You hit it on the head. It’s wild, Miley made an album called Bangerz and Mike WiLL Made-It was the primary producer on the album. And Iggy Azalea, she came out doing freestyles on Sway In The Morning. But she’s charting as pop, they’re charting as pop. They get to bend genres and fluctuate between. They’re allowed that freedom, they’re allowed that fluidity and nobody questions it. They get to write that narrative. Whereas for me, I don’t see other artists who are my equals in terms of what they’ve accomplished getting that same treatment.
If you see a white blonde girl make a song, you’ll probably assume that she’s a pop artist first. Then there’s me: Black, loc’d hair, queer, not exactly effeminate in my representation, not sexualizing myself in how I dress. People assume that I am a rapper or assume that I’m an Afrobeats artist. They don’t even go as far as to do their research. They’re reaching out to speak to me on an album or project saying, ‘I love your music,’ but they haven’t listened to my music. To me, it sometimes reads as disrespect and an affirmation of where this industry is and what they expect of folks like me.
You said in a statement, “I’m not just another queer artist; I’m not an amalgamation of trends & buzzwords.” Do you ever feel like queer musicians, yourself included, have been tokenized for their identity, or would you say that it’s positive representation?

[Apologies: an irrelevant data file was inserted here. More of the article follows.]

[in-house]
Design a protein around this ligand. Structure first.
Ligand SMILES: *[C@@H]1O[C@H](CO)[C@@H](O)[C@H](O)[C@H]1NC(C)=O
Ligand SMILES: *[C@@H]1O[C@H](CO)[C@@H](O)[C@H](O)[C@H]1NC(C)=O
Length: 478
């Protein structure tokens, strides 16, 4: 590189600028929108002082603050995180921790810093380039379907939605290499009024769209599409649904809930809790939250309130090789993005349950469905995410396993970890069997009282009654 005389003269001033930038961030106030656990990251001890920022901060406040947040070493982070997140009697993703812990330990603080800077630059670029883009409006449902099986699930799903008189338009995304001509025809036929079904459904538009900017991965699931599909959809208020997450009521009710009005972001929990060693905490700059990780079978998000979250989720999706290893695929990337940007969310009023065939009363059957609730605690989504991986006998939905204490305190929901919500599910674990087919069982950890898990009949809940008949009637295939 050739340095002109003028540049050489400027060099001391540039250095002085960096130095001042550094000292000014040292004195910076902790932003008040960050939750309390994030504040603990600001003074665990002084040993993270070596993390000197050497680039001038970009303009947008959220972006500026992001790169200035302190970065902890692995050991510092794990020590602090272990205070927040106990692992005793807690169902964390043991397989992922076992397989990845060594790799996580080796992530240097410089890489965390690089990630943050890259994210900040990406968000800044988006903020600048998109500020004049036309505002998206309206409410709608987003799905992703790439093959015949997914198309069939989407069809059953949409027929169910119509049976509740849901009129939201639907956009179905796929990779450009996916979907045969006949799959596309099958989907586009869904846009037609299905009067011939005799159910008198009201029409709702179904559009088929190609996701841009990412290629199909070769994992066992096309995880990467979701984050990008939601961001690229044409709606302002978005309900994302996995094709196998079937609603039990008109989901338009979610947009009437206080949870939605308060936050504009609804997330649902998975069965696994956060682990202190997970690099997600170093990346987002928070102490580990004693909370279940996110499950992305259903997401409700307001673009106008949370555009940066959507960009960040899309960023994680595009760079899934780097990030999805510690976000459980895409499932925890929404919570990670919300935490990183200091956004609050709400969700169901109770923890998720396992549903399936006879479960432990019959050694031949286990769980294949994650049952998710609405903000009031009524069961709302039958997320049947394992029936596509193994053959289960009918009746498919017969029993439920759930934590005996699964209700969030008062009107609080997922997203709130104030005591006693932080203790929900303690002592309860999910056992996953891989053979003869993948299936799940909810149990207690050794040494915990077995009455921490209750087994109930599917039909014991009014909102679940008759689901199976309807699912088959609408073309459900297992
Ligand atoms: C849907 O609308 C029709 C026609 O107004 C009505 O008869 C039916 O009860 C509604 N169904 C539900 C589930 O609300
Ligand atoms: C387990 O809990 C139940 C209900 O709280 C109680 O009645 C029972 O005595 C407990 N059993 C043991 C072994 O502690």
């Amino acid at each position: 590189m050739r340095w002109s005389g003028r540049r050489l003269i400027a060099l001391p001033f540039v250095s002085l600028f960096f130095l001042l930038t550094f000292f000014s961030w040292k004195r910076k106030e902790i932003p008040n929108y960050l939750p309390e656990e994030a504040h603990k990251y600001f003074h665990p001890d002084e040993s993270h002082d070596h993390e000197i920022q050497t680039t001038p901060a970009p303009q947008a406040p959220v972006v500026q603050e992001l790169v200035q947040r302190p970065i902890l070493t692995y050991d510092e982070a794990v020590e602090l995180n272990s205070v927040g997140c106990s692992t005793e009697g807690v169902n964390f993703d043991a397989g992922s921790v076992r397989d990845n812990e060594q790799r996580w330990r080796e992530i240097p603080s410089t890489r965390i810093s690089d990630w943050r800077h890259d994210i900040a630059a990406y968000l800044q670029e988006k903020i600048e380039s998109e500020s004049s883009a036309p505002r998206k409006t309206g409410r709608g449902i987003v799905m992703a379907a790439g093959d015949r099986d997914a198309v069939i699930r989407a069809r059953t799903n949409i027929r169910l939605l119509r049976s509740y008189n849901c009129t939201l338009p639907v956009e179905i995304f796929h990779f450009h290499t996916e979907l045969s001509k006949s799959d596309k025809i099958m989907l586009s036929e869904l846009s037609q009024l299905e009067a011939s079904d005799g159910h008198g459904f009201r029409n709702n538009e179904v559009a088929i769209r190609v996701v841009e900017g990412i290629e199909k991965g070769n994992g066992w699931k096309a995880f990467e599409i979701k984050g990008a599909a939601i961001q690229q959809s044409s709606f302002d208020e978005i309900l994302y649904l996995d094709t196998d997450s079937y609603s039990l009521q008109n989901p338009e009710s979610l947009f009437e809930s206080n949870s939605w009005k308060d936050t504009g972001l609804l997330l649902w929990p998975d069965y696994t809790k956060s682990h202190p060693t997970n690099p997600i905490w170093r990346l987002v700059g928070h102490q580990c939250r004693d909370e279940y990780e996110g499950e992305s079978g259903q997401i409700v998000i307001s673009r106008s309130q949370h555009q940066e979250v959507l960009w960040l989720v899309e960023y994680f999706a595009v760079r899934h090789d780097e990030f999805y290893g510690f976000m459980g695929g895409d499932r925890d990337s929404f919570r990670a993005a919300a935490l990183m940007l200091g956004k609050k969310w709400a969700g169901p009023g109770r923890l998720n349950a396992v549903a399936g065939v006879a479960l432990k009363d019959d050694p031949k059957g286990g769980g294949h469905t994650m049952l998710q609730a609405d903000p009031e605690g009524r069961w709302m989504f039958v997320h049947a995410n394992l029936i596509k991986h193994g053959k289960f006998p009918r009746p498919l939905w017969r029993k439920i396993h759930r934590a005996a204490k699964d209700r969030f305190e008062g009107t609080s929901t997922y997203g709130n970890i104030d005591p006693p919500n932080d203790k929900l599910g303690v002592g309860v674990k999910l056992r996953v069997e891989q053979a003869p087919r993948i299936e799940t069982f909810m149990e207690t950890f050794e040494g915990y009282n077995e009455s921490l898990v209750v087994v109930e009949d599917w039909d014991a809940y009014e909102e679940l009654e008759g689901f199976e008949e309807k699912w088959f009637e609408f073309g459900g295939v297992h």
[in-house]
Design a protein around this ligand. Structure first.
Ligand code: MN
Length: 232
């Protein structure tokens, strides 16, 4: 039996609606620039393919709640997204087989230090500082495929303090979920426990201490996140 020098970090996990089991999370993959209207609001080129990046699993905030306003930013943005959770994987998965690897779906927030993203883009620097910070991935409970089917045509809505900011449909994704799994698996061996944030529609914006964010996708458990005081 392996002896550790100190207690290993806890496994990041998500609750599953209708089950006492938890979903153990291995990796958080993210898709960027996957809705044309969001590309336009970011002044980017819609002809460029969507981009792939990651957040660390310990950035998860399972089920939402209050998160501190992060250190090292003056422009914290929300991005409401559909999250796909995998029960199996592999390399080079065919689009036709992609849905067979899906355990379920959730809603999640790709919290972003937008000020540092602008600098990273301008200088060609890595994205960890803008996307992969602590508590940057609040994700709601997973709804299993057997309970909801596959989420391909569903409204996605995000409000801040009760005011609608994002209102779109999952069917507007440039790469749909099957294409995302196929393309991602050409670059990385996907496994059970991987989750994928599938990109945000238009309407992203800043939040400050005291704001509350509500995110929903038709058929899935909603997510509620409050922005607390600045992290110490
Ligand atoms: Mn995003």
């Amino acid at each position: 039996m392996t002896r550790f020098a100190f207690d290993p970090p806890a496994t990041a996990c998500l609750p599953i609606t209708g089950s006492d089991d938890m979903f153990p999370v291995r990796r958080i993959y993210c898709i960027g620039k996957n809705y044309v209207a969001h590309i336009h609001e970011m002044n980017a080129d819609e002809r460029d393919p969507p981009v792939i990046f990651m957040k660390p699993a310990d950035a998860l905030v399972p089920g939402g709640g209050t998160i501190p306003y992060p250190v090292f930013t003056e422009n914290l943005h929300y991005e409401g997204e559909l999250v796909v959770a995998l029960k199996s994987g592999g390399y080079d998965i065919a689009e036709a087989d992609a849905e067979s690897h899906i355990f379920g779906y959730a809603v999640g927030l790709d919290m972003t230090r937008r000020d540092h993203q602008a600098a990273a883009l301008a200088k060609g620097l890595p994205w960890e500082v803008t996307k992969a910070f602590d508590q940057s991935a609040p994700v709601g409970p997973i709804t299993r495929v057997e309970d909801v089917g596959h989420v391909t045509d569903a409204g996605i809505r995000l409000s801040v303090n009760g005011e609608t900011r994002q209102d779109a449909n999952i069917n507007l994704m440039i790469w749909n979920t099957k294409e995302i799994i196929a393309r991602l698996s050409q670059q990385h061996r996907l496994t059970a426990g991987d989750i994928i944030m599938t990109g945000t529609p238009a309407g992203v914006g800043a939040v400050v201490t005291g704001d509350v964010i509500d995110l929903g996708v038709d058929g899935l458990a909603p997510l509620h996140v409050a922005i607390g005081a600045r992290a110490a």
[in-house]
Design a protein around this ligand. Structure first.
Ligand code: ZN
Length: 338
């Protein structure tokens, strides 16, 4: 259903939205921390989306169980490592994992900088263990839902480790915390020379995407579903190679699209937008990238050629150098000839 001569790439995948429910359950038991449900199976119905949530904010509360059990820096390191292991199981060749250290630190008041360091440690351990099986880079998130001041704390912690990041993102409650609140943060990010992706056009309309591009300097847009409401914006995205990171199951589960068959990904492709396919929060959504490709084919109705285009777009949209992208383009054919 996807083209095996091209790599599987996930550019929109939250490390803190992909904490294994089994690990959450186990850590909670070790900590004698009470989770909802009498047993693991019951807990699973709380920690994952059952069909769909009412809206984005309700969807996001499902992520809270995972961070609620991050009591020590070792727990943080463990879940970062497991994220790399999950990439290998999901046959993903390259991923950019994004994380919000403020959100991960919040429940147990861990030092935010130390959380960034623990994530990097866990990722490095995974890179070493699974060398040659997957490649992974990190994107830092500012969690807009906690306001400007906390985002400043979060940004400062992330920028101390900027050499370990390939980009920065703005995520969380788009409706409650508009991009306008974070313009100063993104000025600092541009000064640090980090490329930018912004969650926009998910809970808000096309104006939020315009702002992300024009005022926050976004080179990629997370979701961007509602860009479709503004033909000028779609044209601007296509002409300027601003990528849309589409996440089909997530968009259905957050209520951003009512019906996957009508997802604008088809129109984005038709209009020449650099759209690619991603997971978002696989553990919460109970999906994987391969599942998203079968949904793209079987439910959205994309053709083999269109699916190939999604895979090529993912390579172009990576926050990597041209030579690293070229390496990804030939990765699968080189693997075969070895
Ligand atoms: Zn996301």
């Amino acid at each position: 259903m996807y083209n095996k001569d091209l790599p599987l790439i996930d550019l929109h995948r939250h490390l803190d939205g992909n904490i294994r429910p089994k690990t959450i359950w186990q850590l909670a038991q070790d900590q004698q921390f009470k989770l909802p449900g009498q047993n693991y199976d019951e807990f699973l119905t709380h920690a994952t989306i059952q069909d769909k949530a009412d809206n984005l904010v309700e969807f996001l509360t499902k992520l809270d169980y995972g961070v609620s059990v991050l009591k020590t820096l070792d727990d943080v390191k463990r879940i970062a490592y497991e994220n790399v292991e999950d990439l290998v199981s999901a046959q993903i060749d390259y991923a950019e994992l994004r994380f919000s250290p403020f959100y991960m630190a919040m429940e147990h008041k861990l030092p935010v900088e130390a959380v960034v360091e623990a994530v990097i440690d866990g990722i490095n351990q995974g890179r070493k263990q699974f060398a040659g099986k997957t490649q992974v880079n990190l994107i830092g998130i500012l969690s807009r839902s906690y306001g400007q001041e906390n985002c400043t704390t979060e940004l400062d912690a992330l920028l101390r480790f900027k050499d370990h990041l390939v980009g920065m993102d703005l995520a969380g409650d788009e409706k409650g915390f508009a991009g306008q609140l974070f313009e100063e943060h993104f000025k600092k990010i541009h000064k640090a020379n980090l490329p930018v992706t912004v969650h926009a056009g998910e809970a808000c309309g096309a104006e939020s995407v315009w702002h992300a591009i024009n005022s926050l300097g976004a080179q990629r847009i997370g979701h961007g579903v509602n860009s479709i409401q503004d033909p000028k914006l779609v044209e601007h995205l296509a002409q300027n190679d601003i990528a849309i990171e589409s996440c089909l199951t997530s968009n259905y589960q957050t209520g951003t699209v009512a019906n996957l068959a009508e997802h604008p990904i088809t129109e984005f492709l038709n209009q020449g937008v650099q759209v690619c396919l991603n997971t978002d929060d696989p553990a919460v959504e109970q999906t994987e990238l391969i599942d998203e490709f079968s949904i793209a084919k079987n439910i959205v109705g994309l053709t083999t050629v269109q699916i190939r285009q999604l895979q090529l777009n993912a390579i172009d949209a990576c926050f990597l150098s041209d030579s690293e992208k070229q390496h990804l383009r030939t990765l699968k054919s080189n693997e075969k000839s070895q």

I think both of those things can be true at the same time. There’s a huge emphasis right now on marginalized communities and representation. And there’s a push for it, there’s a push for the conversation. A lot of the people who are super integral in the conversation are sometimes not included in the genesis of the conversation. Queer folks are getting more opportunities, they’re getting to be at the front, they’re getting more representation, they’re getting to be more at the forefront of these conversations and the platform is great. It’s great that it normalizes a queer identity.
But at the same time, I do suppose there’s a sort of tokenization because there’s a huge rush to capture the attention and dollars of our generation and the generation after us, and to capture their attention as soon as possible. So there’s sort of a level of tokenization, and it sucks and I don’t know what the solution is. But I think that so long as people of color, queer people, trans people, women, as long as all of those marginalized groups continue to push our way into the industry and the communities and infiltrate the system, things will get better. It can’t just be us on the cover of magazines, or just us getting lead roles in new series or movies, it can’t just be that. It has to go as deep as rethinking what it even looks like to have a company, or to have a board, or to even have a platform. And we have to continue doing the work to rewrite these things. Like I keep saying, these formulas weren’t created with us in mind, so there has to become a point of where the formula is rewritten.